CATL has introduced a new battery technology called MTB (Module to Bracket) for heavy-duty electric trucks. The MTB technology integrates the battery module directly into the vehicle’s chassis, which, according to CATL, enables a 40 per cent increase in battery system utilisation and a ten per cent reduction in weight.
Analogous to the Qilin battery for the passenger car market presented by CATL in June, the Chinese battery company is now showing a new battery solution for heavy electric trucks. In both cases, the battery structure is being touted as the main innovation here rather than new battery chemistry. The Qilin battery uses a cell-to-pack approach, in the case of the truck battery this becomes is a module-to-bracket concept. By installing the modules directly into the truck chassis, the latter solution should not only increase system utilisation and reduce weight but also lower the vehicle’s centre of gravity by 21 per cent.
CATL says that the battery packs with MTB technology could achieve energy densities of 170 Wh/kg or 305 Wh/l, have a service life of ten years or 10,000 cycles and support capacities of 140 to 600 kWh. The company specifies an operating temperature range of -35 to 65 degrees Celsius.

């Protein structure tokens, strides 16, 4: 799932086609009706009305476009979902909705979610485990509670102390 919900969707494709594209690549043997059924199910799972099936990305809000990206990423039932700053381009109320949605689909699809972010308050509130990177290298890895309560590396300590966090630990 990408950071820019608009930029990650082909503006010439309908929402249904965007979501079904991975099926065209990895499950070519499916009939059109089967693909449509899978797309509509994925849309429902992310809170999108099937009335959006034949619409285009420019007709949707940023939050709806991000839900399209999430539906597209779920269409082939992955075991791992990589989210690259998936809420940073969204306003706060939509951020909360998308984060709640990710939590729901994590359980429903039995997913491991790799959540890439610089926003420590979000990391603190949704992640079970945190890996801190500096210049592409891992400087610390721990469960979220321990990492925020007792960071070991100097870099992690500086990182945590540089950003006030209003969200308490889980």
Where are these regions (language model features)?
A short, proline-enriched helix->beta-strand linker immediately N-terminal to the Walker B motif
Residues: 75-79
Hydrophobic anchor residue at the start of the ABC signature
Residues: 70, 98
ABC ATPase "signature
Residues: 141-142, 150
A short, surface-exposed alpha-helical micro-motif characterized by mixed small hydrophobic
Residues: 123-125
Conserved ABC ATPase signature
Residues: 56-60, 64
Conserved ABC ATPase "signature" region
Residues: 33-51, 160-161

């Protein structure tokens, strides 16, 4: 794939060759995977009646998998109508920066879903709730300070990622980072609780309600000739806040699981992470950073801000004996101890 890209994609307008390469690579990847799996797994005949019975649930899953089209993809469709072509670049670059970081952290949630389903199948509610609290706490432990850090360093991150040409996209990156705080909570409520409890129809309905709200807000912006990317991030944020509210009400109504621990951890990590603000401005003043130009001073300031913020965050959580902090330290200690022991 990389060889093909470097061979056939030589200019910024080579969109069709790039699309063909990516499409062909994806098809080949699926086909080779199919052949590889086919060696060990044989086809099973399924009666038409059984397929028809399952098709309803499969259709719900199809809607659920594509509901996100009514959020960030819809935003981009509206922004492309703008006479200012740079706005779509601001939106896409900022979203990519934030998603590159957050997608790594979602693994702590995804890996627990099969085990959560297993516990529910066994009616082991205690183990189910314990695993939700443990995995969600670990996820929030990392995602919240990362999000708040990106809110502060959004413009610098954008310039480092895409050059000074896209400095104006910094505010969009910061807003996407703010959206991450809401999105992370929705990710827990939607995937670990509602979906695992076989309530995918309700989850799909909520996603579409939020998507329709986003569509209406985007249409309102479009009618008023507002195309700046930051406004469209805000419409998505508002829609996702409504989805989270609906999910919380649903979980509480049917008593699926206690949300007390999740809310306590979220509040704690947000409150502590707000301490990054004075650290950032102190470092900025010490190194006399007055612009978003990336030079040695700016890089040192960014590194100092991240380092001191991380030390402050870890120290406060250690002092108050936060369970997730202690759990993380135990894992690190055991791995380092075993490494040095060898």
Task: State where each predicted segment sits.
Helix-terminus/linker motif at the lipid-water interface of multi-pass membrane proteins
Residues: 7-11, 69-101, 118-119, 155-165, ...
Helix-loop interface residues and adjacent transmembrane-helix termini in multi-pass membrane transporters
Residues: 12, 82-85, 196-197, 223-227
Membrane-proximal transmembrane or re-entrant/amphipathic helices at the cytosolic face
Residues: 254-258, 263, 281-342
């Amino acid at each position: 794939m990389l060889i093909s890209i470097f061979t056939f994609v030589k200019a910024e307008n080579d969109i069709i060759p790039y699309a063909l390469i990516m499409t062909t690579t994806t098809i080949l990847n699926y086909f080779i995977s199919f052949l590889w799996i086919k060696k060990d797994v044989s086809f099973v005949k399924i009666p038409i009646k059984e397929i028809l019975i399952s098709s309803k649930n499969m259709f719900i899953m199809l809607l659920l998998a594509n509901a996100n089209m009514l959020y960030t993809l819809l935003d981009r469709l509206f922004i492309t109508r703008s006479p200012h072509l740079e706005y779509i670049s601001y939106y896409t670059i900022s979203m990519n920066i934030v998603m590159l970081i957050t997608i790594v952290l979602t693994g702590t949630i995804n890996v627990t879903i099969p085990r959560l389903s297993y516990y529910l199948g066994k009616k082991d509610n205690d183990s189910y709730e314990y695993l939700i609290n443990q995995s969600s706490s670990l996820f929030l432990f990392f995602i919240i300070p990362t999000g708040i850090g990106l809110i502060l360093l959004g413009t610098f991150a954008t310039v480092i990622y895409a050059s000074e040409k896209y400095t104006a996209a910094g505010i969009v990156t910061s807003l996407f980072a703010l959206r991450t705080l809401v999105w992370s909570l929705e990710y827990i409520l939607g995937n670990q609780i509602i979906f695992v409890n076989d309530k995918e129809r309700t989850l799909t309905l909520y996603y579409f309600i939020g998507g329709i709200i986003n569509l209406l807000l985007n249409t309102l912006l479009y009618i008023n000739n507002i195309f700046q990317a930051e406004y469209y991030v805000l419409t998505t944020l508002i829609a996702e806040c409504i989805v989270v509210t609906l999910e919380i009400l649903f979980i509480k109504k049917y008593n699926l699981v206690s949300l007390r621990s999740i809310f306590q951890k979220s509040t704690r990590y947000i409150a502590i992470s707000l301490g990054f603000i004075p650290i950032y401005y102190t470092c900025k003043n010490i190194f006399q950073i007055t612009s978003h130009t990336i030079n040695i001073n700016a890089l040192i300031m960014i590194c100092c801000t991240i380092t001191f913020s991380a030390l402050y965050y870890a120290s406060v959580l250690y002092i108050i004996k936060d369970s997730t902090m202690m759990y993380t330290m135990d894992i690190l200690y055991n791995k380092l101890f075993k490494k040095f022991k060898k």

Unlike the cell-to-pack battery, which will be used in series production for the first time in the Zeekr 009 from 2023, CATL is linking the MTB technology for trucks with a battery swapping system. The Chinese battery-making giant makes an effort to highlight that this solution is suitable for the electrification of trucks and construction machinery that can accommodate swappable batteries. Here, the company says that the new packs use U-shaped water-cooling technology which works more efficiently for heat dissipation, which in turn, provides a better solution for electrifying battery heavy-duty vehicles with batteries enabled for swapping.
The technology will now be tested first in a battery swap project of Qiyuan Core Power. Qiyuan Core Power is a subsidiary of the State Power Investment Corporation, one of China’s five largest power generation groups.
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